*Disclaimer: Any Information found on website is for education purposes and is not tailored to the investment needs of any specific investor. Investing involves risk, including risk of loss. 

No matter how diverse a portfolio is, you can’t diverse away from a systematic risk. A systematic risk is the risk that changes in the overall economy will have an adverse effect on individual securities regardless of the company’s circumstances. An individual securities can be stocks, bonds, etc from a particular company. It is usually caused by certain factors that affect all businesses, such as war, global security threats, or inflation. 

What are the most common systematic risks? 

Market Risk

A market risk is the risk that when the overall market declines, so will any portfolio made of securities. All retirement accounts are made of securities and will be affected by the market. For instance, if the Dow Jones Industrial Average or any other market index were to decrease drastically, so would a portfolio made of common stock. 

Interest Rate Risk

Interest rate risk is defined as a potential change in bond prices caused by change in market interest rates after an issuer offers its bond. For instance, if interest rates rise after being issued, existing bonds (with a lower coupon) will be viewed less attractive and will be priced in the market at a discount. As you can see, there is an inverse relationship between the direction of rates and bond price moves.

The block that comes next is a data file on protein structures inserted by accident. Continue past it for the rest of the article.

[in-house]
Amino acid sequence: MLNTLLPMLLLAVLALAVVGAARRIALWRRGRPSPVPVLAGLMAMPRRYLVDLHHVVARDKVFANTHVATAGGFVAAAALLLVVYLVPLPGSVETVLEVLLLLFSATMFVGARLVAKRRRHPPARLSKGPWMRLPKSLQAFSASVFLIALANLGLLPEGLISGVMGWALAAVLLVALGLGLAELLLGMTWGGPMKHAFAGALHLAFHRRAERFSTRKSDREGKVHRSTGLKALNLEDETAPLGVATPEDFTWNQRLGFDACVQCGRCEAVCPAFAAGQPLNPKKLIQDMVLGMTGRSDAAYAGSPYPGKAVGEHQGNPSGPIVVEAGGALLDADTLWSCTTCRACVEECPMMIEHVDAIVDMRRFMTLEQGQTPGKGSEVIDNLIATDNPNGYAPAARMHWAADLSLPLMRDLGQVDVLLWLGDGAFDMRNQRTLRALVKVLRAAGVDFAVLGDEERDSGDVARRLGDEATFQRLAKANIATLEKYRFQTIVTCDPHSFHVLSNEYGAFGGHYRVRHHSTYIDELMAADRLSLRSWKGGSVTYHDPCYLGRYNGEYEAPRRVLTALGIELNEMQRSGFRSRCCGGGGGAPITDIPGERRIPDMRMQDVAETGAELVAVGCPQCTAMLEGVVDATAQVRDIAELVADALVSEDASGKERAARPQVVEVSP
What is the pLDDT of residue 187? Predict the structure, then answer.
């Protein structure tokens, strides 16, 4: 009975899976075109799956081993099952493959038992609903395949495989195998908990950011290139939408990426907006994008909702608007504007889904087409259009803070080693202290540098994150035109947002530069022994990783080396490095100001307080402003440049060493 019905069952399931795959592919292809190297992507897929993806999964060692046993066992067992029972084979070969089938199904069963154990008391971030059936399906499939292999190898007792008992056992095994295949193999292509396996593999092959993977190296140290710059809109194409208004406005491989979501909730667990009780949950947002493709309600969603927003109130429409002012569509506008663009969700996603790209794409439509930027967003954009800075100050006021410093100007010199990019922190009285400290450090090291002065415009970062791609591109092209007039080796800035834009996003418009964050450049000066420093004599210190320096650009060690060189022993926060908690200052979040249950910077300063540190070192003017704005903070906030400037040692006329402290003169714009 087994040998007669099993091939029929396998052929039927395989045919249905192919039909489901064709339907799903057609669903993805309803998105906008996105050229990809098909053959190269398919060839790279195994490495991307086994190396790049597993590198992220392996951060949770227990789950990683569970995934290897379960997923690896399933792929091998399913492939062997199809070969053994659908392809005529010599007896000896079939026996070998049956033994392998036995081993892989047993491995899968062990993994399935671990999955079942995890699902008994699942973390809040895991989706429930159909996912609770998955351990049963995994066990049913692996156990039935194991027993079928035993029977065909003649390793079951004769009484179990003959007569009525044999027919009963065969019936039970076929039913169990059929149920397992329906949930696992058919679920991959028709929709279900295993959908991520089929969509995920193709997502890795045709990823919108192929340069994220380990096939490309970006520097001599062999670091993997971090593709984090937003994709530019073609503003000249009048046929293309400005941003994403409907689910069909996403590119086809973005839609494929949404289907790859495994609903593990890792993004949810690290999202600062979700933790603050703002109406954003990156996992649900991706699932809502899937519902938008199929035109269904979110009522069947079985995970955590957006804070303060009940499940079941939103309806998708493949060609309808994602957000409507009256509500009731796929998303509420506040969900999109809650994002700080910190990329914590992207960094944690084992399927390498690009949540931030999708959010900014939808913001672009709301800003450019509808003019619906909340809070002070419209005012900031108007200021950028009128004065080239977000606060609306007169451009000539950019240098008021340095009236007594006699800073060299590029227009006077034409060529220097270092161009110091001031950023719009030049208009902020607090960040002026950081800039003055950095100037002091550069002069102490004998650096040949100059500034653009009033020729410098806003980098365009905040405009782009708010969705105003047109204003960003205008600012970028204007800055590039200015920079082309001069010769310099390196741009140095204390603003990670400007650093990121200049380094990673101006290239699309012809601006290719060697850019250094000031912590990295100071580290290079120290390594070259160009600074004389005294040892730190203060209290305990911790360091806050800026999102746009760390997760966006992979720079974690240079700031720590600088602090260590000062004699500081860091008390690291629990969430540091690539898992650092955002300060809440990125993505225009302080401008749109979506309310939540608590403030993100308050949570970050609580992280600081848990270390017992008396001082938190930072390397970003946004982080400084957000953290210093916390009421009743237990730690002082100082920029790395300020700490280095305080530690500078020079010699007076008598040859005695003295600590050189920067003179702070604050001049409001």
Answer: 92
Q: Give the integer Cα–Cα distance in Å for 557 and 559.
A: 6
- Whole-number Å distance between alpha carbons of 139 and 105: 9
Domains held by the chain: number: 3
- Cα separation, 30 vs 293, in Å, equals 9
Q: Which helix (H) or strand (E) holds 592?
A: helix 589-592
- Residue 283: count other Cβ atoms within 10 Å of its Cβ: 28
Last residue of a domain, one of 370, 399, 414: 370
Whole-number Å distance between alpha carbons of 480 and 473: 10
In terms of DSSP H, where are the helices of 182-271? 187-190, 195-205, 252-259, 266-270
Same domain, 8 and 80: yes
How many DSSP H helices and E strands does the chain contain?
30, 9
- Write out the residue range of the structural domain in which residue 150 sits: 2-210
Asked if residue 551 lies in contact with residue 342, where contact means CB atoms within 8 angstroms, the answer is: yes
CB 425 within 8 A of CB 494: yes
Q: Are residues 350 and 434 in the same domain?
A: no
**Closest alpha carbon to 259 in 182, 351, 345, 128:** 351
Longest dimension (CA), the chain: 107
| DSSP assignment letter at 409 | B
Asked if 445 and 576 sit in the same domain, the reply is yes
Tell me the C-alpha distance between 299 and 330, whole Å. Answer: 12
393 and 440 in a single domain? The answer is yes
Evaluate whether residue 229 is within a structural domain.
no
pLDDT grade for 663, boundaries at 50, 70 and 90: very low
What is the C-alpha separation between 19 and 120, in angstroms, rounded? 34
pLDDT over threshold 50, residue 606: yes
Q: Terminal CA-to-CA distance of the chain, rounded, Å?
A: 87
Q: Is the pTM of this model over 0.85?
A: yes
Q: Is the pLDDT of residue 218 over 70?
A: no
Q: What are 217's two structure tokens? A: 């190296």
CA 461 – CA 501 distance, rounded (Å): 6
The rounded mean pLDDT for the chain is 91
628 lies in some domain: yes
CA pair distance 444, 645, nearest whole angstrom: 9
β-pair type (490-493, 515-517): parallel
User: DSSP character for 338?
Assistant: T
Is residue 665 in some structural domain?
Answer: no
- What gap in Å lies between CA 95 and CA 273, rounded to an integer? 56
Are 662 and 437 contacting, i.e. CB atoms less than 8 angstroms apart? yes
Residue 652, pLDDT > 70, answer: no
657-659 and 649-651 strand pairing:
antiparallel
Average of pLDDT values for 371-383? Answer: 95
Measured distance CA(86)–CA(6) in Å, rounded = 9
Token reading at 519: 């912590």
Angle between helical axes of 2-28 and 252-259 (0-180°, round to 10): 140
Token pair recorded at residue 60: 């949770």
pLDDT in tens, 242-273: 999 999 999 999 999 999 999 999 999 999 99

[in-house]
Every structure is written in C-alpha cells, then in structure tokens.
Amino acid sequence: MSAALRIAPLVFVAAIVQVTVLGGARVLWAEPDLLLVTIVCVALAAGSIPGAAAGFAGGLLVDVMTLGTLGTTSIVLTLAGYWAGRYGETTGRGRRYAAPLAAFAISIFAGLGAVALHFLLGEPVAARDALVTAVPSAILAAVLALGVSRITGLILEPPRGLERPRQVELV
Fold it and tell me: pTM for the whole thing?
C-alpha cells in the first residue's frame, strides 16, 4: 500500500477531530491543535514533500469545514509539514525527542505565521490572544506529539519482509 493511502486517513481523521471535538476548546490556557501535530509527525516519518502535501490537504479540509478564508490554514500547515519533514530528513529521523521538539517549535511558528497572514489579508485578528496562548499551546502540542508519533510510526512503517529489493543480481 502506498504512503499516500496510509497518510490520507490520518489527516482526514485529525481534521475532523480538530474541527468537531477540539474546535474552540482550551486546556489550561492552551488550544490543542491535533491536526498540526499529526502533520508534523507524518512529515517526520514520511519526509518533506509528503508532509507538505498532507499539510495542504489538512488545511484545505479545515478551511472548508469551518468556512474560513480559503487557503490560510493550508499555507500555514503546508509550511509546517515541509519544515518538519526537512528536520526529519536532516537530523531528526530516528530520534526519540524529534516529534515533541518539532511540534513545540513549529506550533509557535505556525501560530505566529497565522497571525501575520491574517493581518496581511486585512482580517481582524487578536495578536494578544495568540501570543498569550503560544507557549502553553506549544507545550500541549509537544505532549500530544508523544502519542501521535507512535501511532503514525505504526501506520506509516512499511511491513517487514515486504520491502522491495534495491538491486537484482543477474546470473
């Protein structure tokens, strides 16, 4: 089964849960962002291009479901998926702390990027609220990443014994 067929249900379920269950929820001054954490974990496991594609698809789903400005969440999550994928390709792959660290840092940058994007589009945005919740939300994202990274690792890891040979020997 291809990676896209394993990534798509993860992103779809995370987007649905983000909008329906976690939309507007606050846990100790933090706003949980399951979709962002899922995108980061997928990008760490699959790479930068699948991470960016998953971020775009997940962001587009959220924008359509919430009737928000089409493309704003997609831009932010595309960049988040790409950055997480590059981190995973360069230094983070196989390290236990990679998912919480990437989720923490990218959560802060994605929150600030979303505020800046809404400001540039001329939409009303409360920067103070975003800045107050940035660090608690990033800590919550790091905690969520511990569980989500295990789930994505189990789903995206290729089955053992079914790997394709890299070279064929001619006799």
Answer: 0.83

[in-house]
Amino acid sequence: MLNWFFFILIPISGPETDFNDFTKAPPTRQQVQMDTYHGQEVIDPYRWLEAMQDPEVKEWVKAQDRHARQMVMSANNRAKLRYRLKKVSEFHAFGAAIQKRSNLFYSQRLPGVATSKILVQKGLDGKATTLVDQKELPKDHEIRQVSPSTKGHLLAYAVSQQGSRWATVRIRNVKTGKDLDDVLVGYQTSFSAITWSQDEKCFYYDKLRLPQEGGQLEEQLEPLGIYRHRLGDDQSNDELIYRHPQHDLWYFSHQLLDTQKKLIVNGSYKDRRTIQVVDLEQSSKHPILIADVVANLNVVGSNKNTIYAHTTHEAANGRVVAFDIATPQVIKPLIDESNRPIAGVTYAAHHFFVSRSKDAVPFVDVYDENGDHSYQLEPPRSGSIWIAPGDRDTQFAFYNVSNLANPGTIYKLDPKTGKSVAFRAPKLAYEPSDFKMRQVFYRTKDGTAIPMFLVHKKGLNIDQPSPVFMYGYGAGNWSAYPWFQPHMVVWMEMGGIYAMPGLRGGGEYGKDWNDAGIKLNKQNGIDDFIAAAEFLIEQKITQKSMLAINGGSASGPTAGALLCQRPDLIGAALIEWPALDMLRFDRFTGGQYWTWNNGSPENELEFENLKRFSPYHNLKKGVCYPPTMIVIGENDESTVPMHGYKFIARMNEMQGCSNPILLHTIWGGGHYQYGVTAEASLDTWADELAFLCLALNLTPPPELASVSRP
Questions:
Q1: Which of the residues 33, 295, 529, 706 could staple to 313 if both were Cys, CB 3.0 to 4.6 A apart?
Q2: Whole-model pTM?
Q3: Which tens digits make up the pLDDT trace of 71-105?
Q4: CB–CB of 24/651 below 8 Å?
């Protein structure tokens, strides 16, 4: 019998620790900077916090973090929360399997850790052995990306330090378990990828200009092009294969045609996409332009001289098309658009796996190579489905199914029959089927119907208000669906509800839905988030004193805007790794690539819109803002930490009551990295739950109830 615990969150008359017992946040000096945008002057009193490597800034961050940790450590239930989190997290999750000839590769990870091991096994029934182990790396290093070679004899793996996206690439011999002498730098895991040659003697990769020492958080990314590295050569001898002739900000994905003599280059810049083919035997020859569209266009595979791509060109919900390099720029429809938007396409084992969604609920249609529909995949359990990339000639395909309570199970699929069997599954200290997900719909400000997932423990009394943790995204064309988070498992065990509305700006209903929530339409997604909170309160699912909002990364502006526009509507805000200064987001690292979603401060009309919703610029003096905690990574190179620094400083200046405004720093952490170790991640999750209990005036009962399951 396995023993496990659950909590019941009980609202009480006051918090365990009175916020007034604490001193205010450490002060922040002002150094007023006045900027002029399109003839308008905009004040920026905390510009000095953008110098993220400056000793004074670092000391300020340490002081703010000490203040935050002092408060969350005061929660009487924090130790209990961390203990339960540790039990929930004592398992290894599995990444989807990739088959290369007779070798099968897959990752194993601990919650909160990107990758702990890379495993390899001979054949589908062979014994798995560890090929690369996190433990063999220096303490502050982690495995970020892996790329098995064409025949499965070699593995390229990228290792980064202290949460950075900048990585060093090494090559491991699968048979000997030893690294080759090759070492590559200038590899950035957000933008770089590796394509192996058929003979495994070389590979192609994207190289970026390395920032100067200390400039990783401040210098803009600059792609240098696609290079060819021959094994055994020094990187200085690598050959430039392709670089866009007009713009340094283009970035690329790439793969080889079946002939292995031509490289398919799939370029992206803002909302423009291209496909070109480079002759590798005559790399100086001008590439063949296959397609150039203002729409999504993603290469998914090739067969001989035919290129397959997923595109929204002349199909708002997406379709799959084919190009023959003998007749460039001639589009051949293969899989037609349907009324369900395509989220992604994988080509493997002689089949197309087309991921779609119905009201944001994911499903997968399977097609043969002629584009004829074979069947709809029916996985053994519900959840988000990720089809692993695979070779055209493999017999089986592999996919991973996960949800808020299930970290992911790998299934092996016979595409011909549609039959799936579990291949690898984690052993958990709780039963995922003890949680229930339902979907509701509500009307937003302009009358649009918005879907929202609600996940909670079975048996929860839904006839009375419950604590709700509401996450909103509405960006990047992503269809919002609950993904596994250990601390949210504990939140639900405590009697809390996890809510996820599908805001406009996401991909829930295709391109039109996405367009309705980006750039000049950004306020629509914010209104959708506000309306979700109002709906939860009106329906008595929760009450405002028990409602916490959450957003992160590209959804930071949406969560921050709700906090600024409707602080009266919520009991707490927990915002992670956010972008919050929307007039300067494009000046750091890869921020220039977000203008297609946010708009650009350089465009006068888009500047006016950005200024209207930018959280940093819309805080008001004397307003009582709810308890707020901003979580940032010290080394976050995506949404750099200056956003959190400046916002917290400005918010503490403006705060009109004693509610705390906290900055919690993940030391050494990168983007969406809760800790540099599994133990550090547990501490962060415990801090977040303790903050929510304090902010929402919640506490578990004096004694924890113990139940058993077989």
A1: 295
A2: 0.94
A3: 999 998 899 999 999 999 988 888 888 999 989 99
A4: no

If a bond has a long duration, if rates move up or down, the prices of bonds with lower maturities will fluctuate more than bonds with shorter maturities. Duration is a term used to describe a bond’s price sensitivity to interest rate swings. 

If the Federal Reserve push interest rates higher, the market price of all bonds will be affected. When interest rates rise, the market price of bonds falls, and that is why this is a systematic risk for fixed-income securities. 

Reinvestment Risk

A reinvestment risk is defined as a risk that is a result of variation of interest rates. For instance, when interest rates decline, it will be difficult to reinvest proceeds from a bond/security when called by an issuer, or investment distributions and maintain the same level of income without increasing credit or market risks.

Inflation Risk (Purchasing Power Risk)

Purchasing power risk or inflation risk is the effect of continuous rising of prices on investment returns. If an investments yield is lower than the inflation rate, the purchasing power of the client’s money decreases over time. This simply means that the money we have today will not be able to buy the same amount of goods of services in the future since prices will increase. 

Overall systematic risk is something that affects all businesses and the overall market. We can’t diverse our portfolio against this no matter how we try.